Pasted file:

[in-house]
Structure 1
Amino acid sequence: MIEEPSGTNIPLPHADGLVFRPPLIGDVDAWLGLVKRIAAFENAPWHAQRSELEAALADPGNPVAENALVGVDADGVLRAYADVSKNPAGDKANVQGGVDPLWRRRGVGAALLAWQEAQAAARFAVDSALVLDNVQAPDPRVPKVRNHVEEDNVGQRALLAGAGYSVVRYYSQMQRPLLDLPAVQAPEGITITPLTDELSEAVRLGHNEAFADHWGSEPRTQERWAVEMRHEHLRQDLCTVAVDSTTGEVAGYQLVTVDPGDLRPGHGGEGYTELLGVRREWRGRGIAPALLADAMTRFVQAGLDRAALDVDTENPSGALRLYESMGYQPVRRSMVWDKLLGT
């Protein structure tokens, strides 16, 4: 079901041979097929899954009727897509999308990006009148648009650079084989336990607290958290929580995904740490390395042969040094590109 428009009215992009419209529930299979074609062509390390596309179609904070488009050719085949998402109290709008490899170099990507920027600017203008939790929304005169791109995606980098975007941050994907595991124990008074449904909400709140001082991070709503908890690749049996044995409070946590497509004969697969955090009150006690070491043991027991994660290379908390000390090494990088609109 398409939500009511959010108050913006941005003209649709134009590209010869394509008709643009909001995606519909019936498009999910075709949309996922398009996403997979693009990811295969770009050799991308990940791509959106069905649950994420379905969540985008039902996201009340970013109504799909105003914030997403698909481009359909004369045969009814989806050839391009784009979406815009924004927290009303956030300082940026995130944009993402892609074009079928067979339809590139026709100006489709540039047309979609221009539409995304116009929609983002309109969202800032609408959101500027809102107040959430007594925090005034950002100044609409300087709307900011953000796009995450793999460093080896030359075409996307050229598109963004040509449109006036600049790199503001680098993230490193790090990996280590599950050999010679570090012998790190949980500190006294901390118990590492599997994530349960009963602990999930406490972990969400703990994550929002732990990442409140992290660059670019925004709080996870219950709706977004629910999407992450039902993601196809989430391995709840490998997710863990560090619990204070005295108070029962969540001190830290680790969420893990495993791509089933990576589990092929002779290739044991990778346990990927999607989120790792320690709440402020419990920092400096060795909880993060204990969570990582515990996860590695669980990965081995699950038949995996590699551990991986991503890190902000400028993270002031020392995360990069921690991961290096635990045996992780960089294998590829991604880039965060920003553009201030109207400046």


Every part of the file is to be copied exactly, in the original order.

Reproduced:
[in-house]
Structure 1
Amino acid sequence: MIEEPSGTNIPLPHADGLVFRPPLIGDVDAWLGLVKRIAAFENAPWHAQRSELEAALADPGNPVAENALVGVDADGVLRAYADVSKNPAGDKANVQGGVDPLWRRRGVGAALLAWQEAQAAARFAVDSALVLDNVQAPDPRVPKVRNHVEEDNVGQRALLAGAGYSVVRYYSQMQRPLLDLPAVQAPEGITITPLTDELSEAVRLGHNEAFADHWGSEPRTQERWAVEMRHEHLRQDLCTVAVDSTTGEVAGYQLVTVDPGDLRPGHGGEGYTELLGVRREWRGRGIAPALLADAMTRFVQAGLDRAALDVDTENPSGALRLYESMGYQPVRRSMVWDKLLGT
């Protein structure tokens, strides 16, 4: 079901041979097929899954009727897509999308990006009148648009650079084989336990607290958290929580995904740490390395042969040094590109 428009009215992009419209529930299979074609062509390390596309179609904070488009050719085949998402109290709008490899170099990507920027600017203008939790929304005169791109995606980098975007941050994907595991124990008074449904909400709140001082991070709503908890690749049996044995409070946590497509004969697969955090009150006690070491043991027991994660290379908390000390090494990088609109 398409939500009511959010108050913006941005003209649709134009590209010869394509008709643009909001995606519909019936498009999910075709949309996922398009996403997979693009990811295969770009050799991308990940791509959106069905649950994420379905969540985008039902996201009340970013109504799909105003914030997403698909481009359909004369045969009814989806050839391009784009979406815009924004927290009303956030300082940026995130944009993402892609074009079928067979339809590139026709100006489709540039047309979609221009539409995304116009929609983002309109969202800032609408959101500027809102107040959430007594925090005034950002100044609409300087709307900011953000796009995450793999460093080896030359075409996307050229598109963004040509449109006036600049790199503001680098993230490193790090990996280590599950050999010679570090012998790190949980500190006294901390118990590492599997994530349960009963602990999930406490972990969400703990994550929002732990990442409140992290660059670019925004709080996870219950709706977004629910999407992450039902993601196809989430391995709840490998997710863990560090619990204070005295108070029962969540001190830290680790969420893990495993791509089933990576589990092929002779290739044991990778346990990927999607989120790792320690709440402020419990920092400096060795909880993060204990969570990582515990996860590695669980990965081995699950038949995996590699551990991986991503890190902000400028993270002031020392995360990069921690991961290096635990045996992780960089294998590829991604880039965060920003553009201030109207400046």